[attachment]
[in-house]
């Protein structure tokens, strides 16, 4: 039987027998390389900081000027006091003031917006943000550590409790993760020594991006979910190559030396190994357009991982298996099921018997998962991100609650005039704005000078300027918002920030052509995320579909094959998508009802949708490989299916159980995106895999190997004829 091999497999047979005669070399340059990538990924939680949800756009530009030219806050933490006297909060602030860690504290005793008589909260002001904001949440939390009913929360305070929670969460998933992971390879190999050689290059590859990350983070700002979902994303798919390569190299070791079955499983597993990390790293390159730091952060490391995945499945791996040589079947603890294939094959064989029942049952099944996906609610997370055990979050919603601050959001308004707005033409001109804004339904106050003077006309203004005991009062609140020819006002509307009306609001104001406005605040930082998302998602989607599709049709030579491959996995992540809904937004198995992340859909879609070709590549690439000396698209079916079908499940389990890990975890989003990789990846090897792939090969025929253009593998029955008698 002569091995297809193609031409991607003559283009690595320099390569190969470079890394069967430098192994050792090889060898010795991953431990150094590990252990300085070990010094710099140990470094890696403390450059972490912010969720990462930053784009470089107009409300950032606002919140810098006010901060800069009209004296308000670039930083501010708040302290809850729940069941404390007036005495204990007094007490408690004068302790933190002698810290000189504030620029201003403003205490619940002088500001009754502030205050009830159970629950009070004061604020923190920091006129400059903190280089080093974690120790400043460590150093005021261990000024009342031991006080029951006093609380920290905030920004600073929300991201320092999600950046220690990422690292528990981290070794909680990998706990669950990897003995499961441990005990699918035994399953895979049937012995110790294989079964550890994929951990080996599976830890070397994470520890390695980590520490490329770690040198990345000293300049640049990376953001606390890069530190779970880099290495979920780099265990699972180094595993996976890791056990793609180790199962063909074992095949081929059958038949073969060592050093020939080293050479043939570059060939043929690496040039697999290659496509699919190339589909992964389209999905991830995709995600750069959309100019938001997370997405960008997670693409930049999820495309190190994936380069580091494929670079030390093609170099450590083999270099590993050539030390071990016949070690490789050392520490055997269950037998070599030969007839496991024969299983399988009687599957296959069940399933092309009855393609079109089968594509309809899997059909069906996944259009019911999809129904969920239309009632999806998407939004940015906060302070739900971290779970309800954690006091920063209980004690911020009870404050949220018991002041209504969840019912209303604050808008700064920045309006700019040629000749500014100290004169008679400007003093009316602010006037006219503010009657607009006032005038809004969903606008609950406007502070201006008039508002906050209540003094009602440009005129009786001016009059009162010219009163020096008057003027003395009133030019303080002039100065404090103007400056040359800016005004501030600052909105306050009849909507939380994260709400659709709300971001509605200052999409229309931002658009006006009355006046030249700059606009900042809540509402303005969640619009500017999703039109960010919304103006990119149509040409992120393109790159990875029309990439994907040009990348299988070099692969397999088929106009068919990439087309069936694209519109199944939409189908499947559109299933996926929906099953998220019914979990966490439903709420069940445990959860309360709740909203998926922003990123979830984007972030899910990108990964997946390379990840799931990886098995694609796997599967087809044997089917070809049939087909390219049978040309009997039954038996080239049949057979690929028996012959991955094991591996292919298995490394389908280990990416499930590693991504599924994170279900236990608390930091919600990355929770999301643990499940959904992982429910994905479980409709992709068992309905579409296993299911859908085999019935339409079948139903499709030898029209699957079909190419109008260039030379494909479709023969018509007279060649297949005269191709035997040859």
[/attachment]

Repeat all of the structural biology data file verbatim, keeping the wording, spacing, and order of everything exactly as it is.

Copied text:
[in-house]
């Protein structure tokens, strides 16, 4: 039987027998390389900081000027006091003031917006943000550590409790993760020594991006979910190559030396190994357009991982298996099921018997998962991100609650005039704005000078300027918002920030052509995320579909094959998508009802949708490989299916159980995106895999190997004829 091999497999047979005669070399340059990538990924939680949800756009530009030219806050933490006297909060602030860690504290005793008589909260002001904001949440939390009913929360305070929670969460998933992971390879190999050689290059590859990350983070700002979902994303798919390569190299070791079955499983597993990390790293390159730091952060490391995945499945791996040589079947603890294939094959064989029942049952099944996906609610997370055990979050919603601050959001308004707005033409001109804004339904106050003077006309203004005991009062609140020819006002509307009306609001104001406005605040930082998302998602989607599709049709030579491959996995992540809904937004198995992340859909879609070709590549690439000396698209079916079908499940389990890990975890989003990789990846090897792939090969025929253009593998029955008698 002569091995297809193609031409991607003559283009690595320099390569190969470079890394069967430098192994050792090889060898010795991953431990150094590990252990300085070990010094710099140990470094890696403390450059972490912010969720990462930053784009470089107009409300950032606002919140810098006010901060800069009209004296308000670039930083501010708040302290809850729940069941404390007036005495204990007094007490408690004068302790933190002698810290000189504030620029201003403003205490619940002088500001009754502030205050009830159970629950009070004061604020923190920091006129400059903190280089080093974690120790400043460590150093005021261990000024009342031991006080029951006093609380920290905030920004600073929300991201320092999600950046220690990422690292528990981290070794909680990998706990669950990897003995499961441990005990699918035994399953895979049937012995110790294989079964550890994929951990080996599976830890070397994470520890390695980590520490490329770690040198990345000293300049640049990376953001606390890069530190779970880099290495979920780099265990699972180094595993996976890791056990793609180790199962063909074992095949081929059958038949073969060592050093020939080293050479043939570059060939043929690496040039697999290659496509699919190339589909992964389209999905991830995709995600750069959309100019938001997370997405960008997670693409930049999820495309190190994936380069580091494929670079030390093609170099450590083999270099590993050539030390071990016949070690490789050392520490055997269950037998070599030969007839496991024969299983399988009687599957296959069940399933092309009855393609079109089968594509309809899997059909069906996944259009019911999809129904969920239309009632999806998407939004940015906060302070739900971290779970309800954690006091920063209980004690911020009870404050949220018991002041209504969840019912209303604050808008700064920045309006700019040629000749500014100290004169008679400007003093009316602010006037006219503010009657607009006032005038809004969903606008609950406007502070201006008039508002906050209540003094009602440009005129009786001016009059009162010219009163020096008057003027003395009133030019303080002039100065404090103007400056040359800016005004501030600052909105306050009849909507939380994260709400659709709300971001509605200052999409229309931002658009006006009355006046030249700059606009900042809540509402303005969640619009500017999703039109960010919304103006990119149509040409992120393109790159990875029309990439994907040009990348299988070099692969397999088929106009068919990439087309069936694209519109199944939409189908499947559109299933996926929906099953998220019914979990966490439903709420069940445990959860309360709740909203998926922003990123979830984007972030899910990108990964997946390379990840799931990886098995694609796997599967087809044997089917070809049939087909390219049978040309009997039954038996080239049949057979690929028996012959991955094991591996292919298995490394389908280990990416499930590693991504599924994170279900236990608390930091919600990355929770999301643990499940959904992982429910994905479980409709992709068992309905579409296993299911859908085999019935339409079948139903499709030898029209699957079909190419109008260039030379494909479709023969018509007279060649297949005269191709035997040859």